Regulation of alternative splicing has a huge biological impact, yet there is a great deal to learn about a range of issues pertaining to splicing regulation. Cis-acting elements that are required for cell-specific splicing and some of the proteins that bind to them have been identified in several experimental systems. The question remains how binding of the regulatory proteins to their cognate elements communicates to the basal splicing machinery to use or skip a regulated alternative splice site. In most cases, splicing is clearly not regulated by a single cell-specific protein binding to a single auxiliary cis-element. Rather, regulated splicing follows the paradigms of regulated transcription in which assembly of multicomponent complexes determine whether the basal machinery is recruited or repressed.

On a genomic level, microarray analysis of alternative splicing is revealing a huge degree of regulation in different cell types and during development (Blencowe 2006). As for transcription, regulation is highly coordinated by modulation of the activities of multiple regulators and involve a network of signaling events (see Projects, Mechanisms of coordinated splicing regulation. Many of the known alternative splicing regulators are themselves expressed as alternatively spliced isoforms and there is an established potential for cross- and auto-regulation ( Lareau et al. 2007, Ni et al. 2007) . Several factors that regulate splicing have been identified. How they act and the signaling events that modulate their activities are just beginning to be understood (see Projects, Mechanism of cell-specific alternative splicing).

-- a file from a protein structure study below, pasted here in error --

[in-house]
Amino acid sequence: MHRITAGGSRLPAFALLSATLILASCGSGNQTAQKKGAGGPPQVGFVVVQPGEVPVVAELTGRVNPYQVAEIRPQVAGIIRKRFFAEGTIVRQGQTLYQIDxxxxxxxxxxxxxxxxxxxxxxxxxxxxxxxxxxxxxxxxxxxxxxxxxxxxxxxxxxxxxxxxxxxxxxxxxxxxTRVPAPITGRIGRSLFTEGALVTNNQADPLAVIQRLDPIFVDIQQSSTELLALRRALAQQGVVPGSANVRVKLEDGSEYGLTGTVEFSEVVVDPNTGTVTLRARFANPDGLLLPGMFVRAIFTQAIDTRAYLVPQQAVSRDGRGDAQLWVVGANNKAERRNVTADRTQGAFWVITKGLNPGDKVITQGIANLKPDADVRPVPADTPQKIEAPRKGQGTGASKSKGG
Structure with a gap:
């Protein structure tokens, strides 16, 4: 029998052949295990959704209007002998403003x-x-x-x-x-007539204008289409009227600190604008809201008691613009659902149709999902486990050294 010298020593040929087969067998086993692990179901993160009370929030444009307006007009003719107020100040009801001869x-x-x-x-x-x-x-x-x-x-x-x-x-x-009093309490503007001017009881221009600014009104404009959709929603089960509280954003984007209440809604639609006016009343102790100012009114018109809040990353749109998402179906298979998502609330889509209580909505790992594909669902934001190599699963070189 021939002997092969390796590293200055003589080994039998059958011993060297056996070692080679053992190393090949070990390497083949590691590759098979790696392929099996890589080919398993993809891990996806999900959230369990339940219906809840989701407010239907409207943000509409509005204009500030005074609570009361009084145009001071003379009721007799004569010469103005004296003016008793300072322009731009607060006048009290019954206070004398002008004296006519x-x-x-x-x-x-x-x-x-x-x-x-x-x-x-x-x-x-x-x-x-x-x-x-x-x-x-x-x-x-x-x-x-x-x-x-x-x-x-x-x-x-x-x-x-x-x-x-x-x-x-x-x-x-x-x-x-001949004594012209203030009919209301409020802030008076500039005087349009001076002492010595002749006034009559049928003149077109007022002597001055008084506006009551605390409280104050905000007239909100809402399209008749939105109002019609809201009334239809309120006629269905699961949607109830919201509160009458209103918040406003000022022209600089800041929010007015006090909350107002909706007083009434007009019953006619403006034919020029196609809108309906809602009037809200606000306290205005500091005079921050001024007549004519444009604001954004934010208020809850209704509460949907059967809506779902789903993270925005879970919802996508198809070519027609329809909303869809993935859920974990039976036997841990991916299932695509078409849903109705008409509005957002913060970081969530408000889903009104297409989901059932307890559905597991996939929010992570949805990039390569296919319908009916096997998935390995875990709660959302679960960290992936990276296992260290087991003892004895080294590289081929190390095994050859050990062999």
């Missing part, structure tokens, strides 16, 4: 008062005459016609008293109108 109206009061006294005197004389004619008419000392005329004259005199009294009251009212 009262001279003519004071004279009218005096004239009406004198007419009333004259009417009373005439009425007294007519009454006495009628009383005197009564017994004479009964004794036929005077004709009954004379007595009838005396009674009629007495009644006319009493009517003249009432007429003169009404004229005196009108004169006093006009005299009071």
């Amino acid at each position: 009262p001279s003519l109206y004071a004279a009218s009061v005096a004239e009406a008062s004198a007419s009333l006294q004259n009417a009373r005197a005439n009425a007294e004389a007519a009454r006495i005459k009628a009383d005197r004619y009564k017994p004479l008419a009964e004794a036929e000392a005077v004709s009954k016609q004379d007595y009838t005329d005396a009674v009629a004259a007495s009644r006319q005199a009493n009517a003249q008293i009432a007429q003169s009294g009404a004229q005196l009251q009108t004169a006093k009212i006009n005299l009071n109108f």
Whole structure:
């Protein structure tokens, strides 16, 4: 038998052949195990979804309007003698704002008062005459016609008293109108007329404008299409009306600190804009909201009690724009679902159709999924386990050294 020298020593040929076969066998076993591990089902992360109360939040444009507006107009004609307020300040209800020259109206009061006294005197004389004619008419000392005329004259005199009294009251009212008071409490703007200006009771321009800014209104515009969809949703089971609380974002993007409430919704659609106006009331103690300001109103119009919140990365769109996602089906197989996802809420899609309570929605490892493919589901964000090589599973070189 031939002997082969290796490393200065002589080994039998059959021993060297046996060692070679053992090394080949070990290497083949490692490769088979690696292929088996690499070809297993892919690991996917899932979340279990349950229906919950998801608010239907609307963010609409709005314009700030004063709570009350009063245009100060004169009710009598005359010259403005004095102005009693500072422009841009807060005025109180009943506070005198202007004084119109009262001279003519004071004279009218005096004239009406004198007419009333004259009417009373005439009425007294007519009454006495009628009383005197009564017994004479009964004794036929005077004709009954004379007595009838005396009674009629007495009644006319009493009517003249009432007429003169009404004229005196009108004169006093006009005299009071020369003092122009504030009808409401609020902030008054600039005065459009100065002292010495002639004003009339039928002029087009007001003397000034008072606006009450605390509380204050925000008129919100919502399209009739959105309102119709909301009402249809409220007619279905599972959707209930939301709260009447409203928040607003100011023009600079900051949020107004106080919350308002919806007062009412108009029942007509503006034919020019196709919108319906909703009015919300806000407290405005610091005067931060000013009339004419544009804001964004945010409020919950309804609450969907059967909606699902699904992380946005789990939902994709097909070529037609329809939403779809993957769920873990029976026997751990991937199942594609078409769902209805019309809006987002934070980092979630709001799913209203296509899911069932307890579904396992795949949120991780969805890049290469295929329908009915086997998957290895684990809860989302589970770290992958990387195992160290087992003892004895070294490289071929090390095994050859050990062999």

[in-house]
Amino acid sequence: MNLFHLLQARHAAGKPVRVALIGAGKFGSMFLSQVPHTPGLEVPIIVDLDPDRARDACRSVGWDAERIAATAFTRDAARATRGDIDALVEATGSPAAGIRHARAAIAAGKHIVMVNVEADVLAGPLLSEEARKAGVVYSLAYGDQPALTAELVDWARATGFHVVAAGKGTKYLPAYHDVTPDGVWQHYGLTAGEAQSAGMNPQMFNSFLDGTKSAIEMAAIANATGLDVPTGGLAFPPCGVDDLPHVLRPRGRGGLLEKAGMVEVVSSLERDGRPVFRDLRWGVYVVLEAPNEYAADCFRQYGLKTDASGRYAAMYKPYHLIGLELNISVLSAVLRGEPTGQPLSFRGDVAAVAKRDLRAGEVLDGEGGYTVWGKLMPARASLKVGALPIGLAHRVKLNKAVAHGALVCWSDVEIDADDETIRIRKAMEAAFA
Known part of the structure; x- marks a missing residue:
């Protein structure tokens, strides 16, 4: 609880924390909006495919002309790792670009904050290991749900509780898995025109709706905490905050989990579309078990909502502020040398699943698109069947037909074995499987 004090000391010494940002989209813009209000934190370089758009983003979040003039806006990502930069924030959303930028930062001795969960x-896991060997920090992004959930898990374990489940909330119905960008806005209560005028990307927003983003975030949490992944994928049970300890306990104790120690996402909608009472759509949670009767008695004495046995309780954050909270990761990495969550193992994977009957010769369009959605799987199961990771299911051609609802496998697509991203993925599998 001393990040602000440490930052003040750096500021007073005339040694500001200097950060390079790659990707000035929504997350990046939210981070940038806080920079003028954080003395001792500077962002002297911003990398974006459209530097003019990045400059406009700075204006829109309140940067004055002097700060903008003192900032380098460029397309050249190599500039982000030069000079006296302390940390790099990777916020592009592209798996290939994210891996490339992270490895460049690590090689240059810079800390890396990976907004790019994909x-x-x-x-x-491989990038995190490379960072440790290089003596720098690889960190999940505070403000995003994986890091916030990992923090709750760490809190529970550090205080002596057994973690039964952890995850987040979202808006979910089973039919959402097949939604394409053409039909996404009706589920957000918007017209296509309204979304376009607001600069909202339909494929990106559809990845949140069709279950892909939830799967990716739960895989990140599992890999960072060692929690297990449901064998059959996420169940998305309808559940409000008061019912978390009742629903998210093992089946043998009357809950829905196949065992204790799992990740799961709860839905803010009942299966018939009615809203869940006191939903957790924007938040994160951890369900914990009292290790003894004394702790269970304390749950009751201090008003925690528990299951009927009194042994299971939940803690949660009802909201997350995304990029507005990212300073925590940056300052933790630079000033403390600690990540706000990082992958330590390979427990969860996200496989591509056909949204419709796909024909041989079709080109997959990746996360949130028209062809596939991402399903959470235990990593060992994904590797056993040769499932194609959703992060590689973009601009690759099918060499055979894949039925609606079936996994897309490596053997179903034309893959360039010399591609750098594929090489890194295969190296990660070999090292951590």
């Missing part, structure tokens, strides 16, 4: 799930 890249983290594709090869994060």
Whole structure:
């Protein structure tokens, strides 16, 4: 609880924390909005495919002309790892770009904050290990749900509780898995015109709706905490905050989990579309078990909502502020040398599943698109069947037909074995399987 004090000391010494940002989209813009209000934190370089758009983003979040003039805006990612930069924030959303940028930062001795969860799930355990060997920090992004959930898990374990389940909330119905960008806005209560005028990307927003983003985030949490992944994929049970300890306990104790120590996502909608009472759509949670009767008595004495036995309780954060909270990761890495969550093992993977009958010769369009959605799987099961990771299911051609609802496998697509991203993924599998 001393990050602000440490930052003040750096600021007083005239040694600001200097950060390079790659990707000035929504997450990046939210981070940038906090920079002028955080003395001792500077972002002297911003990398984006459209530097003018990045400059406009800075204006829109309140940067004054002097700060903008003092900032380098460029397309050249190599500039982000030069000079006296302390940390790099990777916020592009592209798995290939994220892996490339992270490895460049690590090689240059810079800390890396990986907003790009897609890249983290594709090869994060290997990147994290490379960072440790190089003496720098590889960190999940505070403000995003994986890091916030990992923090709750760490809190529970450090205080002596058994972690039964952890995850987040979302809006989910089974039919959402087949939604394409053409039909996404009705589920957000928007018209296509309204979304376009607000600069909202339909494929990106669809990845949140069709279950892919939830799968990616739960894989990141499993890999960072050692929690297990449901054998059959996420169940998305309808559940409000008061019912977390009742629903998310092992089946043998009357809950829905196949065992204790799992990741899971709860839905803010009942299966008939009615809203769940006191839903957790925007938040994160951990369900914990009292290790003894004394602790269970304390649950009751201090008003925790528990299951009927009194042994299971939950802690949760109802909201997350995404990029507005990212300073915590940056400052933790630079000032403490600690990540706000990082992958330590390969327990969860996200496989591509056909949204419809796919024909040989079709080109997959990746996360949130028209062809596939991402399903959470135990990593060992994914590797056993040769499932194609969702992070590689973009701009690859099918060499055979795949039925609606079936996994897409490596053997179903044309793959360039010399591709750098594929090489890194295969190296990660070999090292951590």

• Black, D.L. 2003. Mechanisms of Alternative Pre-Messenger RNA Splicing. Annu Rev Biochem 27: 27-48.
  • Blencowe, B. J. 2006. Alternative splicing: new insights from global analyses. Cell 126:37-47.
  • Charlet-B., N., Savkur, R.S., Singh, G., Philips, A.V., Grice, E.A., and Cooper, T.A. 2002. Loss of the muscle-specific chloride channel in type 1 myotonic dystrophy due to misregulated alternative splicing. Mol Cell 10: 45-53.
  • Davletov, B. and Jimenez, J.L. 2004. Sculpting a domain by splicing. Nat Struct Mol Biol 11: 4-5.
  • Faustino, N.A. and Cooper, T.A. 2003. Pre-mRNA splicing and human disease. Genes Dev 17: 419-437.
  • Graveley, B.R. 2001. Alternative splicing: increasing diversity in the proteomic world. Trends Genet 17: 100-107.
  • Johnson, J.M., Castle, J., Garrett-Engele, P., Kan , Z., Loerch, P.M., Armour, C.D., Santos , R., Schadt, E.E., Stoughton , R., and Shoemaker, D.D. 2003. Genome-wide survey of human alternative pre-mRNA splicing with exon junction microarrays. Science 302: 2141-2144.
  • Lareau, L.F., Green, R.E., Bhatnagar, R.S., and Brenner, S.E. 2004. The evolving roles of alternative splicing. Curr Opin Struct Biol 14: 273-282.
  • Lareau, L. F., M. Inada, R. E. Green, J. C. Wengrod, and S. E. Brenner. 2007. Unproductive splicing of SR genes associated with highly conserved and ultraconserved DNA elements. Nature 446:926-929.
  • Lewis, B.P., Green, R.E., and Brenner, S.E. 2003. Evidence for the widespread coupling of alternative splicing and nonsense-mediated mRNA decay in humans. Proc Natl Acad Sci U S A 100: 189-192.
  • Modrek, B. and Lee, C. 2002. A genomic view of alternative splicing. Nat Genet 30: 13-19.
  • Ni, J. Z., L. Grate, J. P. Donohue, C. Preston, N. Nobida, G. O'Brien, L. Shiue, T. A. Clark, J. E. Blume, and M. Ares, Jr. 2007. Ultraconserved elements are associated with homeostatic control of splicing regulators by alternative splicing and nonsense-mediated decay. Genes Dev. 21:708-718.
  • Philips, A.V., Timchenko, L.T., and Cooper, T.A. 1998. Disruption of splicing regulated by a CUG-binding protein in myotonic dystrophy. Science 280: 737-741.
  • Ranum, L. P., and T. A. Cooper. 2006. RNA-Mediated Neuromuscular Disorders. Ann. Rev. Neuroscience 29: 259-277.
  • Savkur, R.S., Philips, A.V., and Cooper, T.A. 2001. Aberrant regulation of insulin receptor alternative splicing is associated with insulin resistance in myotonic dystrophy. Nat. Gen. 29: 40-47.
  • Wu, J.Y., Tang, H., and Havlioglu, N. 2003. Alternative pre-mRNA splicing and regulation of programmed cell death. Prog Mol Subcell Biol 31: 153-185.
  • Wang, G. S., and T. A. Cooper. 2007. Splicing in disease: disruption of the splicing code and the decoding machinery. Nat Rev Genet 8:749-761.
  • Xu, Q., Modrek, B., and Lee, C. 2002. Genome-wide detection of tissue-specific alternative splicing in the human transcriptome. Nucleic Acids Res 30: 3754-3766.